C M Y K By TAMARA LUSH A ssociated PressS T. PETERSBURG Floridas citrus crop has suffered huge losses this year,with fruit falling from trees and the overall fore-c ast declining about 10 percent,but the problems shouldnt translate to a price increase at the breakfast table yet. E xperts and growers say warm,dry weather; too much fruit on each tree; and citrus greening disease are the likely culprits. Some say this is the year t hat greening which is caused by a fast-spreading b acteria and is also known as HLB,or,in Chinese, Huanglongbing finallyt ranslates into crop losses. Greening is spread by i nsects,and there is no cure. It leaves fruit sour and unusable,and eventually kills the infected tree. I dont think theres any d oubt that were beginning to see the effects of citrus g reening on the industry, said Adam Putnam, Floridas agriculture com-m issioner. This is a situation where the states signat ure agricultural commodity faces an existential threat. Most of Floridas biggest c rop,Valencia oranges,is used for juice,and because of a surplus from last year, c onsumer prices are not expected to increase this y ear. But they could in the future. At the beginning of the season last October,the U.S. Department ofA griculture predicted that the states total citrus crop would yield 154 million boxes of fruit. But that forecast has been downgraded to 141 million boxes. A box of oranges,temples or tangelosi s 90 pounds,grapefruit boxes are 85 pounds,and t angerines are 95 pounds. The USDA has reduced the estimate three times in one season,Putnam said. or a non-freeze,non-hur-r icane year,thats extraordinary. Im very concerned. The total impact of citrus in Floridas economy is about $9 billion a year,ands easons like this one can set farmers on edge. The states citrus harvest is about halfway over.The early-season varieties have been picked,but Valencia oranges are scheduled for harvest in the coming weeks. e were more than disa ppointed for the early fruit,said Michael Sparks, the CEO of Florida Citrus Mutual,the states largest grower organization. A ccording to the Florida Citrus Mutual,the state boasts 473,000 acres of citrus groves and more than 70.6 million citrus trees.T he citrus industry directly and indirectly contributes some 76,000 jobs in Florida. About 90 percent of Floridas oranges are used for juice; by contrast,them ajority of Californias orange crop is sold as fresh f ruit. Florida is second in the world for orange juice production,behind thec ountry of Brazil. Sparks said that even t hough lots of early fruit fell from the trees,the dropped fruit wont end up on consumersbreakfast tables. e do not allow that f ruit to be made into juice, he said. S parks said a rather significantinventory last year will prevent price increasesf or consumers,but such a raise could come in later y ears if researchers and growers dont find a solution to the greening bacte-r ia. Putnam said hes asked the state Legislature to i ncrease the research funding for treatment and cure of c itrus greening by several million dollars this year. Greening has been found in every citrus-growing county in Florida. HaroldB rowning,chief operating officer for the Citrus Research and Development Foundation in Lake Alfred, said some trees in Florida have been infected for five or six years. Progressively,those trees look a little less healthy each year,he said. The trees showing the most fruit drop are those that look the most unhealthy. Browning said its clear greening has played a rolei n the dropped fruit. But other tree stressors such as drought also contribute to fruit drop. And some varieties of F lorida citrus are known as alternate bearingcrops, which means that during some years,they produce heavier crop loads. This isa heavy crop season, B rowning said. Beyond oranges,Florida i s the nations No. 1 producer of fresh grapefruit. Is sent overseas to 24 coun-t ries,and consumers in places such as Japan loveit. L ast Tuesday was declared Florida Grapefruit Day in the country,kicking off a two-month media blitz for the fruit. M uch of Floridas grapefruit is grown on the states e ast coast along the Indian River region. The fruit is not immune to the problemso ther citrus crops face. In October,the USDA estimate d that the state would produce 20.2 million boxes,but by February,it downgradedt he grapefruit crop forecast to 18 million boxes. s been a challenging y ear,said Doug Bournique, the executive vice president o f the Indian River Citrus League in Vero Beach. Everybody was hopeful that the crop would be bigger. But well get through it,w e always do. Every year is a surprise when you have your investment in a limb ofa tree. Follow Tamara Lush on Twitter ath ttp://twitter.com/tamaralush. ested contact Angie Warchak at 471-2150. Pennsylvania school retirees meetSEBRING The Florida Citrus Chapter of the Pennsylvania Association ofS chool Retirees (PASR) Feb. 20 luncheon/meeting was h osted at the home of Ruth and Ben Gault. Twenty-six members and guests attended. Guest speaker was Mary Foy from Heartland FoodR eservoir,Inc. She thanked members for their recent food donations and explained the program. Treasurer,Ruth Robinson,p resented her with a check for $150 from the chapter. Members continue to collect Labels for Education and should bring these to the next meeting. Pres. Blanda attended a PASR sponsored workshop for Region 13 presidents,this month,at Lake Wales. Dr. Charles Miller,legislative chairman, updated members about retirement information. A RECREO trip to Solomons Castle,Uno,was enjoyed by all attendees. The next luncheon/meeting will begin at 10:30 a.m. Wednesday,March 13 at Homers Restaurant. Retirees having worked in professional or support staff positions in Pennsylvania public education,which live full or part time in Florida and their guests,are invited to attend. For information,call 4020654. The deadline for reservations is Tuesday,March 12.Events planned at lodges, postsLAKE PLACID The Lake Placid Elks Lodge 2661 will host a country breakfast,a la carte, from 8-11:30 a.m. today. Music by Frank E. from 5-8 p.m. Monday. BPOE Investigation meeting and ladies general meeting at 7 p.m. Tuesday. Music by Thomas from 6:30-9:30 p.m. Friday. Rummage sale from8 a.m. to noon Saturday; bag sale at 11 a.m. Get tickets early for Saturday,March 16 St. Pattys dinner/dance; social 5:30 p.m. and dinner 6 :30 p.m. Music by Don and Allen. Cost is $12 per person. For more information, call 465-2661. The Veterans of Foreign W ars Post 3880 Mens Auxiliary meets at 7 p.m. T hursday. Music by Sharon English on Friday; call fort ime. Breakfast served from 8-11 a.m. Saturday. Get tickets early for prime rib dinner,$12,on Saturday, March 16 and corned beefd inner Sunday,March 17 for $8 (need cooks who know how to make this). For details,call 699-5444. S EBRING The Sebring Moose Lodge 2259 on U.S. 98 welcomes members and guests daily for fun,food and games. Check the Community Events section for happenings and times. There is entertainment,dancing and food specials and menu every Wednesday,Friday and Saturday. Check for times. Also,remember members, the general meeting at 8 p.m.,on the second and fourth Thursday of each month. Input is important in the operation of the lodge. The Sebring Moose Lodge 2259 will have NASCAR on the screen today; call for time. Women of the Moose meet at 7 p.m. Monday. Moose Riders ride at 11 a.m. Tuesday and Thursday. The WOTM of Moose host Taco Night every Tuesday from 5-7 p.m. The menu offers not only tacos but burritos,taco salad,cheese nachos and much more. Margaritas are offered for a special price of $1.50. Mingo Bingo is played beginning at 6 p.m. Music by Larry Musgrave from 5-9 p.m. Wednesday. Moose Riders will host their monthly Fish Fry from 5-7 p.m. Fish or wings baskets with french fries and hush puppies will be available. Karaoke will be begin at 6 p.m. Music by Sho Nuff Country from 6-10 p.m. Friday. District meet is at 1 p.m. Saturay in Lake Placid. Music by Gary and Shirley from 6-10 p.m. Kids Easter Egg Hunt will be held Saturday,March 23. Sign up early. For details,call 6553920. The Veterans of Foreign Wars Post 4300,1041 L akeview Drive,will host Karaoke by Mega Soundz from 5-8 p.m. today. Honor Guard meets at 1 p.m. Monday. Ladies Auxiliarym eets at 6:30 p.m. House Committee meets at noon T uesday. Frank E. music from 6-9 p.m. Tuesday andF riday.VFW Riders meet at 10 a.m. Saturday. Pete Ruano Duo music from 6-9 p.m. The Ladies Auxiliary will have a yard saleS aturday,March 23. For more information call 3858902. The Sebring Recreation Club,333 Pomegranate Ave.,w ill host Shuffleboard Scrambles at 1:15 p.m. Monday.A 50th anniversary celebration carry-in will be at 5:30 p.m. Membership meeting at 7 p.m. Shuffleboard League at 1:15 p.m. Wednesday.Tate Invitational/Park Tournament at 9 a.m. Thursday. Mini-Shuffleboard Tournament at 1:15 p.m. Friday. Ice Cream Shuffleboard is at 1:15 p.m. Saturday. For more information,call 385-2966. The Sebring Elks Lodge 1529 will host its monthly golf game at 8 a.m. Monday at Golf Hammock. Board meeting at 5 p.m. Activity Committee meets at 9:30 a.m. Wednesday. Wacky Wednesday social is from 5-6 p.m. Dinner is $6.50. To dance only to Frank E.s music from 4:30-7:30 p.m. is $3. Lodge meets at 7 p.m. Thursday. Friday buffet is from 5-6:30 p.m. for $12. To dance only to Buddy Canovs music from 6:309:30 p.m.,the cost is $3. RSVP for Good Friday Easter buffet from 5-6:30 p.m. Friday,March 29. For more information,call 4713557. AmVets Post 21,623 U.S. 27 South,will hold a yard sale and craft show from 8 a.m. to 2 p.m. Saturday. Tables will be available for $5 each. Karaoke with BilDi from 6-9 p.m. For more information,call 385-0234. www.newssun.comN ews-SunS unday, March 3, 2013Page 5A AFFORDABLE CARE-C/O VALASSIS; 3.639"; 8"; Black; main, see great savings; 00026305 DAILY COMMERCIAL; 3.639"; 1"; Black; cornerstone hospice; 00027962 CENTRAL FLORIDA CASKET STORE &; 1.736"; 6"; Black; obit page; 00027942 C ontinued from page 2A COMMUNITYBRIEFS For Florida citrus crop, its been a tough year NEWS-SUN 385-6155 C ourtesy Photo by Mountain Top Productions The Sebring Rotary Club prepares spaghetti dinners for take-out Wednesday evening during the 50th Annual Spaghetti Dinner fundraiser event at Firemens Field in Sebring. The annual event began in 1964 and is a fundraiser for the Sebring Middle School band. S paghetti time Associated Press V IRGINIA BEACH,Va. The Virginia Air National Guards 203rd RED HORSE S quadron will conduct a wreath-laying ceremony on the 12th anniversary of the worst peacetime aviation disaster in National Guardh istory. The service honoring 18 Guard engineers a nd three Florida Army National Guard aviators who died in a military transport crash is set for Sunday afternoon at Camp Pendleton in Virginia Beach. The ceremony will be held a t a meditation garden and memorial built to honor the fallen service members. T he engineers were returning home after completing a two-week construction project at Hurlburt Field,Fla.,when the C-23 Sherpac rashed in a Georgia cotton field. The disaster marked the worst loss of life in t he Virginia National Guard since World War II. Service marks 12th anniversary of Air National Guard disaster In lieu of flowers, consider a gift to support Hospice care. 888-728-6234 Cornerstonehospice.orgNo. 5019096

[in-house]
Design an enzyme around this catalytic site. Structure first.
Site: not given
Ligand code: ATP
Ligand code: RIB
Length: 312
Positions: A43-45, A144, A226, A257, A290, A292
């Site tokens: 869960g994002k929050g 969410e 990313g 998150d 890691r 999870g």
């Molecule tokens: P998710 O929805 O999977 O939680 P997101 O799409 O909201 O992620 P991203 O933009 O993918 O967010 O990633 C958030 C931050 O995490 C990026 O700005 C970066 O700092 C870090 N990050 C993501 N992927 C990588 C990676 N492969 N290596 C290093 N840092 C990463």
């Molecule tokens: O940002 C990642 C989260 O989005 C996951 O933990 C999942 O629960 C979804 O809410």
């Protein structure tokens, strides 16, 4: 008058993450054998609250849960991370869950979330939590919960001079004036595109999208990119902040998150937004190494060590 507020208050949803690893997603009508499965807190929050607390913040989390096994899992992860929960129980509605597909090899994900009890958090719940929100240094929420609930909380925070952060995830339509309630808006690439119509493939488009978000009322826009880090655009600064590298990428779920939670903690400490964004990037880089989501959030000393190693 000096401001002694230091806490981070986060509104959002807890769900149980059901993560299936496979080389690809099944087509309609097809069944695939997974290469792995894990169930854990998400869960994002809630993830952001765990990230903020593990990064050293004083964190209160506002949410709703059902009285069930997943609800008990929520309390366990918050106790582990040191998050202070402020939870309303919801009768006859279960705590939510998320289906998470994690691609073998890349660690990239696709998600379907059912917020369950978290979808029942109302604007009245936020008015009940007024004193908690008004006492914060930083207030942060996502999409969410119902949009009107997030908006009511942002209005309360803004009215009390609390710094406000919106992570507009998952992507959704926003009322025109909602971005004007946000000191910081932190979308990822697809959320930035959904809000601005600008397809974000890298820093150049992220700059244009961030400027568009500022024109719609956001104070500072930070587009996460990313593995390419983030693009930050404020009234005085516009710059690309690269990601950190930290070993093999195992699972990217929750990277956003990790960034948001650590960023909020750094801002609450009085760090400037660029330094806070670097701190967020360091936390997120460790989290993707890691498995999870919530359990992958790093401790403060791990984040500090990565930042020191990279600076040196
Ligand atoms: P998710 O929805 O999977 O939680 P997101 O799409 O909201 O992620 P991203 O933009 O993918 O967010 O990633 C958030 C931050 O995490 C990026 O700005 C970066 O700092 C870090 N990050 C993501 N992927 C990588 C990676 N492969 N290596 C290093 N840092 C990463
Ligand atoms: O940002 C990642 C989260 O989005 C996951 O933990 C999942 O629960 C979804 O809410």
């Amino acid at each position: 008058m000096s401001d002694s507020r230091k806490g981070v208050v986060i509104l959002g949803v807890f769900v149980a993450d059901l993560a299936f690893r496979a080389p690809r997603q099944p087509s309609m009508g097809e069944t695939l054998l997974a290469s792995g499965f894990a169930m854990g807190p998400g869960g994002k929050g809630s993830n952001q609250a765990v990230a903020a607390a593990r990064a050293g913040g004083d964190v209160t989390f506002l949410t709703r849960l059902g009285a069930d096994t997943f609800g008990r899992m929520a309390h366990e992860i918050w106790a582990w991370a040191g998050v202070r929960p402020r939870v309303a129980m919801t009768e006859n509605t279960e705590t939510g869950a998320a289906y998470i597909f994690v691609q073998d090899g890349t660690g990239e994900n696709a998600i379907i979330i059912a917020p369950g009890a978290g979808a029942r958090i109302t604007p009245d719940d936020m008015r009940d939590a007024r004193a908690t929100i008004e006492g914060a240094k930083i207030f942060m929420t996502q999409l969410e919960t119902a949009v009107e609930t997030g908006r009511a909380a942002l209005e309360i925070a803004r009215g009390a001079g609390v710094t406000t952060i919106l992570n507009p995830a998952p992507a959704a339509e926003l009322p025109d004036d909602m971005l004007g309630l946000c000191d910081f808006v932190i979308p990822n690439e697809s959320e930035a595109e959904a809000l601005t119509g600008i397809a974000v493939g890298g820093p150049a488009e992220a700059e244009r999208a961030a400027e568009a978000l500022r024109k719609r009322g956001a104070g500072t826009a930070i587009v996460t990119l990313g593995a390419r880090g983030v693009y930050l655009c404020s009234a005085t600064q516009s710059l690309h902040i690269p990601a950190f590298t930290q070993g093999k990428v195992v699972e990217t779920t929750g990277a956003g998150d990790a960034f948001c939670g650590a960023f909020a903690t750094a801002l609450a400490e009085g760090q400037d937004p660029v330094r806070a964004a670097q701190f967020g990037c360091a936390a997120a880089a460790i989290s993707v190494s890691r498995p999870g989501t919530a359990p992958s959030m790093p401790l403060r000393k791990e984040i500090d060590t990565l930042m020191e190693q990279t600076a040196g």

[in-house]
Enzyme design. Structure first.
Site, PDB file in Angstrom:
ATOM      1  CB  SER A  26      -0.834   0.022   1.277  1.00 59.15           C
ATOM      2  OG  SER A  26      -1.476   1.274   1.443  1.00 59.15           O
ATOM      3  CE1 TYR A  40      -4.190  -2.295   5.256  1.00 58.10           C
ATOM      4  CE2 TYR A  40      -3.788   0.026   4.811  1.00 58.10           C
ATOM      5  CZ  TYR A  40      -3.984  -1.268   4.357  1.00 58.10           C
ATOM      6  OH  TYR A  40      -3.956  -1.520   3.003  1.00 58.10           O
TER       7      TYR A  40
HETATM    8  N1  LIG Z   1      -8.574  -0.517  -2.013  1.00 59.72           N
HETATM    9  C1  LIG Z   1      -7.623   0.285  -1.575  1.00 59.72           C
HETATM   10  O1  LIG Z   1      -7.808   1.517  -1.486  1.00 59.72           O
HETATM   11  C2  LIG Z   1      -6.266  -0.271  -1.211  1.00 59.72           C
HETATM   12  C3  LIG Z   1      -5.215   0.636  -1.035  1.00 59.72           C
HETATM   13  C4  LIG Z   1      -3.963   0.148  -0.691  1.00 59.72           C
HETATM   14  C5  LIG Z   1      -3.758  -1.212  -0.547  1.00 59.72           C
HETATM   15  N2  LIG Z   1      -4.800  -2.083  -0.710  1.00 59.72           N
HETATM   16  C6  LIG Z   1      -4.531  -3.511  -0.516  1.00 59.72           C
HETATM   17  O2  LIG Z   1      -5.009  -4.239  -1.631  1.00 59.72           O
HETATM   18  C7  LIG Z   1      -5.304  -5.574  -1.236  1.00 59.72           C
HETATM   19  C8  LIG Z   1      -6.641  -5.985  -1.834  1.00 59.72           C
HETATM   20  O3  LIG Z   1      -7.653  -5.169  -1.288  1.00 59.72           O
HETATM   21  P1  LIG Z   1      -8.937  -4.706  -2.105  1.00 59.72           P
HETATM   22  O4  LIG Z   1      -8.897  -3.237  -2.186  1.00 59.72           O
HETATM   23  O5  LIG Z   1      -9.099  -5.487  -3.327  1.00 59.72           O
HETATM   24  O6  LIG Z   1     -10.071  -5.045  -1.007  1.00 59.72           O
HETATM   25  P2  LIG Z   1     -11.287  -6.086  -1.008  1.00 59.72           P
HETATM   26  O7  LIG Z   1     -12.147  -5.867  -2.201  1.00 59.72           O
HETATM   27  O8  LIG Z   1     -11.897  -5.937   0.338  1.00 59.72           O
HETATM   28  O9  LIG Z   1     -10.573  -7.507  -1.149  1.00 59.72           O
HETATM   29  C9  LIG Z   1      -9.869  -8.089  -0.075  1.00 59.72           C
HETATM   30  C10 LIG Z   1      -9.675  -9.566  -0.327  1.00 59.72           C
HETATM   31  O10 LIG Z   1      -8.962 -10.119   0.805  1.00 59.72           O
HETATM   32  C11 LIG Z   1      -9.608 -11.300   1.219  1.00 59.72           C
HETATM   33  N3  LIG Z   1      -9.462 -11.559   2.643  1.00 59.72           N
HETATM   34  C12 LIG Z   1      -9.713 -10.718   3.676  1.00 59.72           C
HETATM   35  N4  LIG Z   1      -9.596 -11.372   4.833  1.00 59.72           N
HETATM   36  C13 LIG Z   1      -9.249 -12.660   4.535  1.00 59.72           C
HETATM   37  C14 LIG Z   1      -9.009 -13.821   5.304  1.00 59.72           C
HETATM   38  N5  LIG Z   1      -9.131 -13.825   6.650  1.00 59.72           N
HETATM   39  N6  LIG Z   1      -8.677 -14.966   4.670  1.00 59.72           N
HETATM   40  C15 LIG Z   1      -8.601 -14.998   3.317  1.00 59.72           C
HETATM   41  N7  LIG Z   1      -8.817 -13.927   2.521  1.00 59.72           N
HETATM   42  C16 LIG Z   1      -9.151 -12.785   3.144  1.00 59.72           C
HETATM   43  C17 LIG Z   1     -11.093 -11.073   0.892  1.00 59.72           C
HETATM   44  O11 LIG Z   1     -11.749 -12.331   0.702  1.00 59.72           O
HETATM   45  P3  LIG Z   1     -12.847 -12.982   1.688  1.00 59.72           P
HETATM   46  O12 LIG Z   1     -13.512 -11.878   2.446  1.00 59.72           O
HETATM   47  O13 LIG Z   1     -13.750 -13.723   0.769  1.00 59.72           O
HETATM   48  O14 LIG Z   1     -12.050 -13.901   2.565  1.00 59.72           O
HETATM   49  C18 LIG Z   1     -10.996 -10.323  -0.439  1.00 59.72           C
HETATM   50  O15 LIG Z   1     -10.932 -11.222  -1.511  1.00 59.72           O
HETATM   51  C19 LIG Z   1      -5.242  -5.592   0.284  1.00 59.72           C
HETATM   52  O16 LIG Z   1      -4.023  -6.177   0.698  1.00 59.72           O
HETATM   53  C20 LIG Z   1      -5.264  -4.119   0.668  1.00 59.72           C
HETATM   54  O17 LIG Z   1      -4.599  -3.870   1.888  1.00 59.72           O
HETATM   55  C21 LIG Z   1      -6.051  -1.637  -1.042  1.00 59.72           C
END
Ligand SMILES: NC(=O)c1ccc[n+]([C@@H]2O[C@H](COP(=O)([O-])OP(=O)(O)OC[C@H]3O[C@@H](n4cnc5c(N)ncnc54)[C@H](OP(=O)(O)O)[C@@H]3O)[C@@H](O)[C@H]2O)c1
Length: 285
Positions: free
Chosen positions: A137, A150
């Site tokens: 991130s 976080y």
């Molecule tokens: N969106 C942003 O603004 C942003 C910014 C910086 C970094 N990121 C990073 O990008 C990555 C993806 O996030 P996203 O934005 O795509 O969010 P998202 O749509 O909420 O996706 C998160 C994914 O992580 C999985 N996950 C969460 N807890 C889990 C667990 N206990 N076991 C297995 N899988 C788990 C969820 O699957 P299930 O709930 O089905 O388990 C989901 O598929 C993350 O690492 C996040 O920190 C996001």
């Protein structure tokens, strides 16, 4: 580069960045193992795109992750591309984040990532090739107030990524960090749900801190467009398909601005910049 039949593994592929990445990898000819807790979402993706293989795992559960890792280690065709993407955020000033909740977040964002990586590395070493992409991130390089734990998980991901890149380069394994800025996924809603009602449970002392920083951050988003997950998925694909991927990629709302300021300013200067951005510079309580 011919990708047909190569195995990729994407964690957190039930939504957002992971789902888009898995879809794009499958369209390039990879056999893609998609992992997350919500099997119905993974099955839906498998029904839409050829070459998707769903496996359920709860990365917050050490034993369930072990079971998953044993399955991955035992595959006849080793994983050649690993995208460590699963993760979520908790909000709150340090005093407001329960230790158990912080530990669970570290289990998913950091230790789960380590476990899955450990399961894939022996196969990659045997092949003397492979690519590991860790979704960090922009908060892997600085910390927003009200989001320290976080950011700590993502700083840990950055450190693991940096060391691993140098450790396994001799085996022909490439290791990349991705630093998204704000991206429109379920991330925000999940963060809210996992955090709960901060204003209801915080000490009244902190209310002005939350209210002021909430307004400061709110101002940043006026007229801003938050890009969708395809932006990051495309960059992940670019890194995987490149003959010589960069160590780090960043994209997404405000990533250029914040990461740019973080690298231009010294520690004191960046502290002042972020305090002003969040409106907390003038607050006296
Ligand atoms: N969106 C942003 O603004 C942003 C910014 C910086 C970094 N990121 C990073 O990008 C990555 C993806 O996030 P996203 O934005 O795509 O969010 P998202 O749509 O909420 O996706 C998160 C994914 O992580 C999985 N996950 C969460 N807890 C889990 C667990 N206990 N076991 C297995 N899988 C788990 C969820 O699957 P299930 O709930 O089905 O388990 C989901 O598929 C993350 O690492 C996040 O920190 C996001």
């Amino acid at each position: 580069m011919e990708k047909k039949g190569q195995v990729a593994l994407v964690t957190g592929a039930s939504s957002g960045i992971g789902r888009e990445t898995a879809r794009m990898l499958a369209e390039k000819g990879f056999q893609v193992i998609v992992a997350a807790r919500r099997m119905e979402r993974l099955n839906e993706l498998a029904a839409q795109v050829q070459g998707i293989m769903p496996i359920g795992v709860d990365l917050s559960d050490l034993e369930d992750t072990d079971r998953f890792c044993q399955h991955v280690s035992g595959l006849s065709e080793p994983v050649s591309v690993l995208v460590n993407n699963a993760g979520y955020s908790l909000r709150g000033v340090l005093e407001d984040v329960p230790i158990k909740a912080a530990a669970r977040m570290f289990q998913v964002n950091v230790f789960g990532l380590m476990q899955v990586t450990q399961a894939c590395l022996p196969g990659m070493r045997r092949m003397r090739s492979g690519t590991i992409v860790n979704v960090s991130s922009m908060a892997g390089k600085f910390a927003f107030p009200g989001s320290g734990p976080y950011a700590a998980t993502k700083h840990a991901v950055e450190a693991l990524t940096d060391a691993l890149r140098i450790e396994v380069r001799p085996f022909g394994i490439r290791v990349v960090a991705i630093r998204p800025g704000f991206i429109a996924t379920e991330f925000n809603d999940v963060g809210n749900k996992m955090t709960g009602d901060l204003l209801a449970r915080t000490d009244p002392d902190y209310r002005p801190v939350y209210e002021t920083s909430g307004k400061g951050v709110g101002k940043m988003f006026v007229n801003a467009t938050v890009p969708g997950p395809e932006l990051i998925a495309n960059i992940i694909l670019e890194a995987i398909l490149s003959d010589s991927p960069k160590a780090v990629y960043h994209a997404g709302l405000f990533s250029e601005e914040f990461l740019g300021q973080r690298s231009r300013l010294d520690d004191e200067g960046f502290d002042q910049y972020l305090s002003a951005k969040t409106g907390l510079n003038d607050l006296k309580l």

C M Y K Page 6ANews-SunSunday, March 3, 2013www.newssun.com SEBRING PAIN MANAGMENT; 5.542"; 10.5"; Black plus three; process, main A 2/24/13 p/u; 00027801 KIFFLE KITCHEN; 3.639"; 5"; Black plus three; process, easter; 00028063 News-Sun photo by KATARA SIMMONS Caitlin Sinness, 11, breathes a sigh of relief Thursday night after winning Jr. Heartland Idol and a $500 check at the YMCA in Sebring. Ashdon Dennison, 7, left, won second place during the competition and received $250. News-Sun photo by KATARA SIMMONS Dustin Woods (leftds of encouragement Thursday evening to contestants duri ng Heartland Idol at the YMCA in Sebring. hear people choose songs l ike this ... one of the best songs ever sang ... You have some impressive control of y our voice for your age. You have a good belting voice but not as impressive as your ballad voice. That was just awesome,judge DustinW oods said. Veteran judge Larry Moore was at a loss for words. I dont know what just h appened,Moore said. our control of that instrum ent is phenomenal. That was stank. I am looking for-w ard to this competition. New performer Macbeth also blew away judges with her strong voice,song choice a nd incredible voice range after her rendition of Night a nd Day. oure going to bring some entertainment to this c ompetition,Woods said. I thought you were going to hit that money note and go all the way up the scale andI was going to just fall out of m y chair if you did. Adult Idol division continues next week with the second round qualifiers. Idol founder Diana Walker hopest o get more adults in the competition for a chance to w in some big prize money. The Adult Heartland Idolg rand prize winner will be awarded $2,000. All adults ages 18 and up are invited to perform a 90s econd acapella for a chance to make it into the semif inals. Applications can be found on the Heartland Idol Facebook page (under files) a nd can be returned to Keiber Law Office (129 S. Commerce Ave.) Senior Idol entry is also now being taken; entry fee is only $5.T he Sr. Idol competition will take place March 21. Additional sponsor spots are also still available; contact Walker for details at 381-3 243. Round two of the adult d ivision will kick off Thursday,following thef inale of the Teen Idol division. Show starts at 6 p.m. at the Highlands County YMCA. Continued from page 1A Adult Idol competition continues News-Sun photo by KATARA SIMMONS The Circle of Speed kicks off the 61st Annual Mobil 1 12 Hours of Sebring on Thursday evening in downtown Sebring. Race week is March 13-16 at the Sebring International R aceway. News-Sun photo by KATARA SIMMONS A large crowd gathers Thursday evening to watch a variety of vintage race cars make their way to the Circle of Speed event in downtown Sebring. News-Sun photo by KATARA SIMMONS Spectators check out vintage race cars Thursday evening during the Circle of Speed at downtown Sebring. A dozen or so race cars drove from the Sebring International Raceway to p articipate in the annual event. The event was organized by the Heartland Riders Association and the Sebring C hamber of Commerce Circle of Speed Did YouKNOW?In Florida, the bicycle is legally defined as a vehicle. Bicyclists using a public roadway are considered operators of motor vehicles and are responsible for observing all traffic laws. With few exceptions, there is only one road and it is up to motorists and bicyclists to treat each other with care and respect. Adherence to the law is the foundation of respect.